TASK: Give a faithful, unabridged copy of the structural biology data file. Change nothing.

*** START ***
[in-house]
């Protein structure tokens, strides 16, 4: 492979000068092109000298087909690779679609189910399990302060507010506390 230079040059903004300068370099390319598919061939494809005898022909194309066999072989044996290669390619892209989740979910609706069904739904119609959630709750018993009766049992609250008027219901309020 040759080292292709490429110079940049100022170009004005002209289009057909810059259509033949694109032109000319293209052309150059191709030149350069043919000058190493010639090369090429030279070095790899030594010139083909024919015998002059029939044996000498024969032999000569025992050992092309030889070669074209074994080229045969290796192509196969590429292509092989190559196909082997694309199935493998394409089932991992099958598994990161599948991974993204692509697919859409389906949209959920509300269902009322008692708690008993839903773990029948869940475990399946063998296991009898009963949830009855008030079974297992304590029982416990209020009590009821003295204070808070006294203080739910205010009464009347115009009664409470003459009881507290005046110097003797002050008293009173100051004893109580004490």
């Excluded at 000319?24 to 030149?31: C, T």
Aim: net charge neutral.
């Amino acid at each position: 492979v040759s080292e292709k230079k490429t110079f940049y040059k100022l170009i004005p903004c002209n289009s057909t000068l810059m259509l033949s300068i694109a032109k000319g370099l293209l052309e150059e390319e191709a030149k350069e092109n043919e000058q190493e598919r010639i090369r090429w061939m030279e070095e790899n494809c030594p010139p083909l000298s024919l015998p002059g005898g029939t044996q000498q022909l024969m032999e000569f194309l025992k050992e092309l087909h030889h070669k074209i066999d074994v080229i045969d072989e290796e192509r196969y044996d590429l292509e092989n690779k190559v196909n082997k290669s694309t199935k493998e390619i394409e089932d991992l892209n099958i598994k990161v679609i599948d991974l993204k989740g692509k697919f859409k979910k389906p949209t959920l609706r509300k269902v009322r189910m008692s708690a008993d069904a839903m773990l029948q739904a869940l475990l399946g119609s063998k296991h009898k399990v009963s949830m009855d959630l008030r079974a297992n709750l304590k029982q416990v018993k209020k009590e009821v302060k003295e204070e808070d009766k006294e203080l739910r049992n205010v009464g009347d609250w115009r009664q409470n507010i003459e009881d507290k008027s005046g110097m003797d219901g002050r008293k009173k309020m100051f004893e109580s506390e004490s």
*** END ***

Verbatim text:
[in-house]
């Protein structure tokens, strides 16, 4: 492979000068092109000298087909690779679609189910399990302060507010506390 230079040059903004300068370099390319598919061939494809005898022909194309066999072989044996290669390619892209989740979910609706069904739904119609959630709750018993009766049992609250008027219901309020 040759080292292709490429110079940049100022170009004005002209289009057909810059259509033949694109032109000319293209052309150059191709030149350069043919000058190493010639090369090429030279070095790899030594010139083909024919015998002059029939044996000498024969032999000569025992050992092309030889070669074209074994080229045969290796192509196969590429292509092989190559196909082997694309199935493998394409089932991992099958598994990161599948991974993204692509697919859409389906949209959920509300269902009322008692708690008993839903773990029948869940475990399946063998296991009898009963949830009855008030079974297992304590029982416990209020009590009821003295204070808070006294203080739910205010009464009347115009009664409470003459009881507290005046110097003797002050008293009173100051004893109580004490």
């Excluded at 000319?24 to 030149?31: C, T």
Aim: net charge neutral.
């Amino acid at each position: 492979v040759s080292e292709k230079k490429t110079f940049y040059k100022l170009i004005p903004c002209n289009s057909t000068l810059m259509l033949s300068i694109a032109k000319g370099l293209l052309e150059e390319e191709a030149k350069e092109n043919e000058q190493e598919r010639i090369r090429w061939m030279e070095e790899n494809c030594p010139p083909l000298s024919l015998p002059g005898g029939t044996q000498q022909l024969m032999e000569f194309l025992k050992e092309l087909h030889h070669k074209i066999d074994v080229i045969d072989e290796e192509r196969y044996d590429l292509e092989n690779k190559v196909n082997k290669s694309t199935k493998e390619i394409e089932d991992l892209n099958i598994k990161v679609i599948d991974l993204k989740g692509k697919f859409k979910k389906p949209t959920l609706r509300k269902v009322r189910m008692s708690a008993d069904a839903m773990l029948q739904a869940l475990l399946g119609s063998k296991h009898k399990v009963s949830m009855d959630l008030r079974a297992n709750l304590k029982q416990v018993k209020k009590e009821v302060k003295e204070e808070d009766k006294e203080l739910r049992n205010v009464g009347d609250w115009r009664q409470n507010i003459e009881d507290k008027s005046g110097m003797d219901g002050r008293k009173k309020m100051f004893e109580s506390e004490s």